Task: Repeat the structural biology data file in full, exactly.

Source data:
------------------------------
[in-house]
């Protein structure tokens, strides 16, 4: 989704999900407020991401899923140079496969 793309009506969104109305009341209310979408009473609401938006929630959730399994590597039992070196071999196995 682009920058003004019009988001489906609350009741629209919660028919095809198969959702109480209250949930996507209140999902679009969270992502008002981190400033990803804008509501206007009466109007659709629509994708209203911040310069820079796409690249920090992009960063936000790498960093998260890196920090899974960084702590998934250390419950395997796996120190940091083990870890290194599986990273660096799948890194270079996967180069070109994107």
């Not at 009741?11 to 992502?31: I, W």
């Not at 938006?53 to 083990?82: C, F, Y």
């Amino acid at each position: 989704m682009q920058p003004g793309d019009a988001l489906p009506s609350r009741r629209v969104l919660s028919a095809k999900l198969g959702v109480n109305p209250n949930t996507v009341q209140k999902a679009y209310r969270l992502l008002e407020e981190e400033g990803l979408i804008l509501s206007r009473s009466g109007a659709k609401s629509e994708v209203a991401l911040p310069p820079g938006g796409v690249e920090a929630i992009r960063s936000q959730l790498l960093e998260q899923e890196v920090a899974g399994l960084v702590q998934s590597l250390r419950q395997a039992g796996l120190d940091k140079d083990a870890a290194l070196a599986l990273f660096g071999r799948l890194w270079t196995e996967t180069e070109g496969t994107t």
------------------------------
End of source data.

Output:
[in-house]
């Protein structure tokens, strides 16, 4: 989704999900407020991401899923140079496969 793309009506969104109305009341209310979408009473609401938006929630959730399994590597039992070196071999196995 682009920058003004019009988001489906609350009741629209919660028919095809198969959702109480209250949930996507209140999902679009969270992502008002981190400033990803804008509501206007009466109007659709629509994708209203911040310069820079796409690249920090992009960063936000790498960093998260890196920090899974960084702590998934250390419950395997796996120190940091083990870890290194599986990273660096799948890194270079996967180069070109994107």
């Not at 009741?11 to 992502?31: I, W």
């Not at 938006?53 to 083990?82: C, F, Y």
């Amino acid at each position: 989704m682009q920058p003004g793309d019009a988001l489906p009506s609350r009741r629209v969104l919660s028919a095809k999900l198969g959702v109480n109305p209250n949930t996507v009341q209140k999902a679009y209310r969270l992502l008002e407020e981190e400033g990803l979408i804008l509501s206007r009473s009466g109007a659709k609401s629509e994708v209203a991401l911040p310069p820079g938006g796409v690249e920090a929630i992009r960063s936000q959730l790498l960093e998260q899923e890196v920090a899974g399994l960084v702590q998934s590597l250390r419950q395997a039992g796996l120190d940091k140079d083990a870890a290194l070196a599986l990273f660096g071999r799948l890194w270079t196995e996967t180069e070109g496969t994107t």